Published by the Students of Johns Hopkins since 1896
August 1, 2021

Warm spring days are your sign to cycle Baltimore's Jones Falls Trail

By JOHN MURPHY | April 25, 2021

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COURTESY OF JOHN MURPHY

Cycle past Jones Falls on your ride through Baltimore. 

At the beginning of this semester, I purchased a bike off of Craigslist for $150. 

“This bike saw everything the 70s had to offer,” the previous owner told me while scratching his long, unkempt beard, pointing to the collection of scars on his shins. “1970 Raleigh Racing Bicycle — might need new tires. She still holds up nice.” 

While the bike has its flaws, this simple purchase transformed my relationship with Baltimore. As a student with a rudimentary understanding (at best) of Baltimore living without a car, I invite you to explore the city on two wheels; you might be surprised at the beauty you find along the way.

Baltimore has taken impressive strides to become a safer city for cyclists, and there is no better time to explore the city by wheel than the advent of spring – the air is sweet, the temperature is inviting and the mood is elevated.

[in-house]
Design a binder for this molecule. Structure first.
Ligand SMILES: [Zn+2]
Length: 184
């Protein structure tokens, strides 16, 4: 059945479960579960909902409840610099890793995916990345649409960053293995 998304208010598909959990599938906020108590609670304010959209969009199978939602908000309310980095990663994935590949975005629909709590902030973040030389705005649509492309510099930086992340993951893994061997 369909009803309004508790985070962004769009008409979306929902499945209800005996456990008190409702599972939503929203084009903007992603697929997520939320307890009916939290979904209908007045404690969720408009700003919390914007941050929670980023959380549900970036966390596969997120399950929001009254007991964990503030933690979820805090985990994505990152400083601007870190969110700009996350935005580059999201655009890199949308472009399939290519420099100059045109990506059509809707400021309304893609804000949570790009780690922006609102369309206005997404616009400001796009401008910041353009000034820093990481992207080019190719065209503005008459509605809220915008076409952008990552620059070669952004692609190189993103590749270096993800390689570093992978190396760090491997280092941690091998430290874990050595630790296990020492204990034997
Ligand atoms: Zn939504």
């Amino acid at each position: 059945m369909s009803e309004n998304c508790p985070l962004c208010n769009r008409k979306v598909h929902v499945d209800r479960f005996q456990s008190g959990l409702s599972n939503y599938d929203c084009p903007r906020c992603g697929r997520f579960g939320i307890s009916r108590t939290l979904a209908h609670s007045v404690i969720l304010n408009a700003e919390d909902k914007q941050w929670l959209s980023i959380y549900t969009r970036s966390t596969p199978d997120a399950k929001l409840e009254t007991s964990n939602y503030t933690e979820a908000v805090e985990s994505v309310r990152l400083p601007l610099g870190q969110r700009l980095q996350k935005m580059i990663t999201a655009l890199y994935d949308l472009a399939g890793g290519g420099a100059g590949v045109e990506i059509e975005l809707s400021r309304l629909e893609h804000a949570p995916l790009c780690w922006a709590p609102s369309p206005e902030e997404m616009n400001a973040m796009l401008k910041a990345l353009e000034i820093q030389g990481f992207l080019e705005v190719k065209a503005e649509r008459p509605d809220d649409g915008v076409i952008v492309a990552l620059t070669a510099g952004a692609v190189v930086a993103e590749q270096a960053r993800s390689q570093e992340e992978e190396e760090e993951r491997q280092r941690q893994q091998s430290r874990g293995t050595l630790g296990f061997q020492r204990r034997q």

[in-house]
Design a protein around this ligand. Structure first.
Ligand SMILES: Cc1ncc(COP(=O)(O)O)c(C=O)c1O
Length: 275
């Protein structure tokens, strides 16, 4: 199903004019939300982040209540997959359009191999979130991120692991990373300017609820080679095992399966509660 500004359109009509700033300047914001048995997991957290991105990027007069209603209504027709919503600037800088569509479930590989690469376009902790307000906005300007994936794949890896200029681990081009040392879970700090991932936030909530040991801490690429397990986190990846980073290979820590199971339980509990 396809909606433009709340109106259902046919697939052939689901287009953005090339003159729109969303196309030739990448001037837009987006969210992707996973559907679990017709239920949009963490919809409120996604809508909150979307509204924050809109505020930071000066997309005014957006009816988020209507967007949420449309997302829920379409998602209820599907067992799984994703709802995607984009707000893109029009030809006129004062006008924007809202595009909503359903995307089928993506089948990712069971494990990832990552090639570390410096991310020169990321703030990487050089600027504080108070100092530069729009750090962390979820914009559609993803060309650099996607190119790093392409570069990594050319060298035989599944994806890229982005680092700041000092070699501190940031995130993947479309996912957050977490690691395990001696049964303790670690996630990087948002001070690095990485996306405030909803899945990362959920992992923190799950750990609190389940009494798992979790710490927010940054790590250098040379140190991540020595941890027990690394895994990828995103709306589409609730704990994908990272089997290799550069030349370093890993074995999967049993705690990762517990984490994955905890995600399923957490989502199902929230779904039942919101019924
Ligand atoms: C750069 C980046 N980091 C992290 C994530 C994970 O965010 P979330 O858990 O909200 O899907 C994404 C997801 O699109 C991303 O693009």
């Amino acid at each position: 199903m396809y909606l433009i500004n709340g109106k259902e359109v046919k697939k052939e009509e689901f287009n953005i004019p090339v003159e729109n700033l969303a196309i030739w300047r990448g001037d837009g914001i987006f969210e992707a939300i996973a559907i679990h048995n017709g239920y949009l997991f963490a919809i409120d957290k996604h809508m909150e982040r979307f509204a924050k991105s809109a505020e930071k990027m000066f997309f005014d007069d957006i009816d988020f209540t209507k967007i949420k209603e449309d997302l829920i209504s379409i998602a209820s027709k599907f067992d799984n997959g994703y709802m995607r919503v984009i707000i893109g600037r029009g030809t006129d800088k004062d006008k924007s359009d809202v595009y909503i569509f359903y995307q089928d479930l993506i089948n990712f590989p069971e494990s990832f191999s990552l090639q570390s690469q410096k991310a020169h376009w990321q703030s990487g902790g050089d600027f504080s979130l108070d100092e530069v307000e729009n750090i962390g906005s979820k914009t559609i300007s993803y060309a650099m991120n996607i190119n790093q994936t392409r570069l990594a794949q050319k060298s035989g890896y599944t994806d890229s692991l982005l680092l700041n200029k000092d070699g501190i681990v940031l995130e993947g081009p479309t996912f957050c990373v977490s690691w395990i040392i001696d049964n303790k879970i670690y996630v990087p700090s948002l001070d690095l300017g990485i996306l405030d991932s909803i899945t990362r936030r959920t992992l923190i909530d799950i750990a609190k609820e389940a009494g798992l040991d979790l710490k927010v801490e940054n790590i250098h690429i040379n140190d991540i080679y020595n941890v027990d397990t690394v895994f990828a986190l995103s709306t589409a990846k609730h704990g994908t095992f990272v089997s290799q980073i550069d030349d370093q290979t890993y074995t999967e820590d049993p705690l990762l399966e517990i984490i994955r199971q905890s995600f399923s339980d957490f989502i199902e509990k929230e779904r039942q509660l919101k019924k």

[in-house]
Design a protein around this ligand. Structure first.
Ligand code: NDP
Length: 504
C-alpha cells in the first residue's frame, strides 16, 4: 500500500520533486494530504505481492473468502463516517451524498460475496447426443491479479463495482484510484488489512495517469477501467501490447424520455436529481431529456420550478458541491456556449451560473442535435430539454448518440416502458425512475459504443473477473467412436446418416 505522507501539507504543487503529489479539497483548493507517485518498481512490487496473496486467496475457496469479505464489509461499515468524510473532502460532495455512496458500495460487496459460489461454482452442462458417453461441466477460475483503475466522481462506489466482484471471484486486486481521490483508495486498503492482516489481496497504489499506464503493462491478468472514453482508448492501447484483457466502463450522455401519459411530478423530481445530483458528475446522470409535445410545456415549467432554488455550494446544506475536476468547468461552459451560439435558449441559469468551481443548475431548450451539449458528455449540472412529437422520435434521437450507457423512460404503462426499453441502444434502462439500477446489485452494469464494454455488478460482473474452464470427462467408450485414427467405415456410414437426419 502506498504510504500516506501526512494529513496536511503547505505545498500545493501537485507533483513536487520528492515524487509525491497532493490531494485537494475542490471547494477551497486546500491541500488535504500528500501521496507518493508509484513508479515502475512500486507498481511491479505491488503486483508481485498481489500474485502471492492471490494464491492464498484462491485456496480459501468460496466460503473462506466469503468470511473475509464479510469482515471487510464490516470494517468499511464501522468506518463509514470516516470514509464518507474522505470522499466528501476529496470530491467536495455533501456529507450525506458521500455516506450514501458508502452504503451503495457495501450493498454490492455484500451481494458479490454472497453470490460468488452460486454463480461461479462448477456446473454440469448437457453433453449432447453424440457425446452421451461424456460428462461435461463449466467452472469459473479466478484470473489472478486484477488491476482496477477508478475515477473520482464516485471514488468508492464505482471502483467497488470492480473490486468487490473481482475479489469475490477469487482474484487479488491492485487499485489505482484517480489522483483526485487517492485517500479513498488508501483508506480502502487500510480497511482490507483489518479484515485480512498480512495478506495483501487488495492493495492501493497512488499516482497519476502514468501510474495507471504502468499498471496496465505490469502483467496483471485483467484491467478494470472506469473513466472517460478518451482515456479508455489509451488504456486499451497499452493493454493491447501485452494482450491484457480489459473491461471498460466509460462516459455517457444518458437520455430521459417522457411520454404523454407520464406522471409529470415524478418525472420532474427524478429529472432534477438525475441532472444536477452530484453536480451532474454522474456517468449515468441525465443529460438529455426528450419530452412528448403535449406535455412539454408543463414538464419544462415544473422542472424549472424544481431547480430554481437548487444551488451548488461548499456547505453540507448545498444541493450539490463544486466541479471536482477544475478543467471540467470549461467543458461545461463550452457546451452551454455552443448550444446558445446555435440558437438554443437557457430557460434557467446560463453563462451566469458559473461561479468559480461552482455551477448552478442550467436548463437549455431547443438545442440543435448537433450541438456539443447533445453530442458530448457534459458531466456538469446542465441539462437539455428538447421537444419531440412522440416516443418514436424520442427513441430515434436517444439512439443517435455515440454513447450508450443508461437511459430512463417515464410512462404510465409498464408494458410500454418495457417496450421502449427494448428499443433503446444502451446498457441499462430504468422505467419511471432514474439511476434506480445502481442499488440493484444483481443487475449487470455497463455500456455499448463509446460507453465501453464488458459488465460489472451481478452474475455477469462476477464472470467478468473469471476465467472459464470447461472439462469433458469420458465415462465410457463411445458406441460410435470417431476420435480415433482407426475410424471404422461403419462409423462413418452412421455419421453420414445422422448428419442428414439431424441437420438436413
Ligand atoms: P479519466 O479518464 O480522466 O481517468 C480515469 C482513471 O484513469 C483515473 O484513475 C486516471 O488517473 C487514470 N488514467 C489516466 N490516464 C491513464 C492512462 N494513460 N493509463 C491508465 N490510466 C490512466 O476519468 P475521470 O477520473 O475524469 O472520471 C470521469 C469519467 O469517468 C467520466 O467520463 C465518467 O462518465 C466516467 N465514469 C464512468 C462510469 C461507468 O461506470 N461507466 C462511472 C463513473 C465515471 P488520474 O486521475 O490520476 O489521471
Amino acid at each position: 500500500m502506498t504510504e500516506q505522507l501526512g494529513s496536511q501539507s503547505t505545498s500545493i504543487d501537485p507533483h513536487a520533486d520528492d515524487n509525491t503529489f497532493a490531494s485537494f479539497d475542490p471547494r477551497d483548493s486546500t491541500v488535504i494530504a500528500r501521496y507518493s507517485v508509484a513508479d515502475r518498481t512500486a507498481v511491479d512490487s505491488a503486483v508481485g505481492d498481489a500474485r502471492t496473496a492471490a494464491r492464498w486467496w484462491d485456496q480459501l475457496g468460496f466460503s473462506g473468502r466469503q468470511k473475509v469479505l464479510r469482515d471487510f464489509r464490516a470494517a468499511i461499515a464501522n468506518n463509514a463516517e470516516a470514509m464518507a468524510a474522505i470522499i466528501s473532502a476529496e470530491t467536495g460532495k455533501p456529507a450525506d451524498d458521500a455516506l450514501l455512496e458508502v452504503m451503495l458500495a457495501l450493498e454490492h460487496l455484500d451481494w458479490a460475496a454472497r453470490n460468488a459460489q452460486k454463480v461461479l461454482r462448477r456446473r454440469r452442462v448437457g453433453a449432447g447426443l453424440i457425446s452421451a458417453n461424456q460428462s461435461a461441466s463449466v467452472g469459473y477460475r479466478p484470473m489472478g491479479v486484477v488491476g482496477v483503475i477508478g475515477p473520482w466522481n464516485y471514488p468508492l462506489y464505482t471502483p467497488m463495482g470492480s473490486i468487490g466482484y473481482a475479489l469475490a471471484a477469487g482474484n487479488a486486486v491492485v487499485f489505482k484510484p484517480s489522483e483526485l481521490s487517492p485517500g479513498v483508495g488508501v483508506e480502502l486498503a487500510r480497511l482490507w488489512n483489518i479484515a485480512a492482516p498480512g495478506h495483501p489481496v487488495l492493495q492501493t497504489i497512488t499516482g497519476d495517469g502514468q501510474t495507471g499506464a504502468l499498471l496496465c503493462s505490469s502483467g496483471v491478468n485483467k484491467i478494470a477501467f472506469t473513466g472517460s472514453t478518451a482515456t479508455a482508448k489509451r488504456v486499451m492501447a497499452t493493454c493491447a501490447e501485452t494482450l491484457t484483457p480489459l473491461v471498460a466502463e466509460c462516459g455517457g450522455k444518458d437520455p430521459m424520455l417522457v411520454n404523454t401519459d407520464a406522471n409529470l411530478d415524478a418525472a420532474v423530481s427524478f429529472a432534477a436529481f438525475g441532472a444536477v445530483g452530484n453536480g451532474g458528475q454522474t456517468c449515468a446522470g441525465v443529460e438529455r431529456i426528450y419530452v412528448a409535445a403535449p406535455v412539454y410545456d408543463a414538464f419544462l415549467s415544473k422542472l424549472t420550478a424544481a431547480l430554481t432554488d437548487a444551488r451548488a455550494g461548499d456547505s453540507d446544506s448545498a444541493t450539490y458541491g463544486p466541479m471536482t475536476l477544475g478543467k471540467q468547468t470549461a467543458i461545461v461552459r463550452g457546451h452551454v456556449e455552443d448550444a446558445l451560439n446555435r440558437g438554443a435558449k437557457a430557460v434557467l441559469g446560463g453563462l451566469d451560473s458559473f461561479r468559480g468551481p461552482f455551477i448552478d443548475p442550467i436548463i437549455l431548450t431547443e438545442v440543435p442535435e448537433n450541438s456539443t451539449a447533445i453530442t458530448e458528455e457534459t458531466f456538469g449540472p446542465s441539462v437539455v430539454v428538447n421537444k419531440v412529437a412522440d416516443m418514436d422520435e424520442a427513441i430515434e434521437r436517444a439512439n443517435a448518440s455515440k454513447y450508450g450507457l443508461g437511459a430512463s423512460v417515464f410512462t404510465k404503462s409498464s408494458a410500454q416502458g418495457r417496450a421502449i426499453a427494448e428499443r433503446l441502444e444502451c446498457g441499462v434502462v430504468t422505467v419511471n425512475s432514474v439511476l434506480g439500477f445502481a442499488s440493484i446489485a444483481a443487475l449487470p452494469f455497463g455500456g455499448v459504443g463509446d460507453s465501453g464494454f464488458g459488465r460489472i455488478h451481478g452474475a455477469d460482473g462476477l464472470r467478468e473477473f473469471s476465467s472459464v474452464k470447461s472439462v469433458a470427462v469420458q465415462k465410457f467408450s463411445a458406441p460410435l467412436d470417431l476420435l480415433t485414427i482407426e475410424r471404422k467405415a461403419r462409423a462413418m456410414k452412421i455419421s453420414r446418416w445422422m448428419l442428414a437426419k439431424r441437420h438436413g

Rent a bike through Race Pace Bicycles on St. Paul Street or borrow one for the next warm day and embark on Jones Falls Trail for a complete display of Baltimore bliss. Here’s my guide for making your way through this trail, starting in Hampden and ending in the Inner Harbor. 

Preparation

Following the length of the Jones Falls, the trail is a 10-mile cycling circuit that originally served as a transportation route through the city. The historic waterway served as a major center of commerce and contributed to Baltimore’s 19th century industrialization boom. The path meanders through parks, along abandoned railroad tracks and ultimately dispenses you at the waterfront downtown. 

Make sure to bring a backpack with water, snacks and perhaps a book if you have time to pull over and enjoy any of the scenic attractions along the way. Keep your eyes peeled for green “JF” trail markers on the ground and trailside signs for guidance.

Union Collective 

An assemblage of independently-owned and locally-operated businesses in Hampden, Union Collective is a perfect place to embark on the trail. Placing you just about two miles south of the official start, you’ll have the opportunity to slam down a coffee from Vent Coffee Roasters and order something light from Well Crafted Kitchen to fuel the day (the Farmer’s Salad is a personal favorite).

Known as the “Mill Corridor,” Jones Falls provided Baltimore’s emerging textile industry with waterpower, thus transforming the stretch into an industrial hub. Built in 1877, Union has since been repurposed into a visitor-friendly location.

When you’re ready to put wheels up, turn right onto Jones Falls Expressway and again onto Clipper Park Road, where you’ll find an entrance to the trail.

Rockrose Park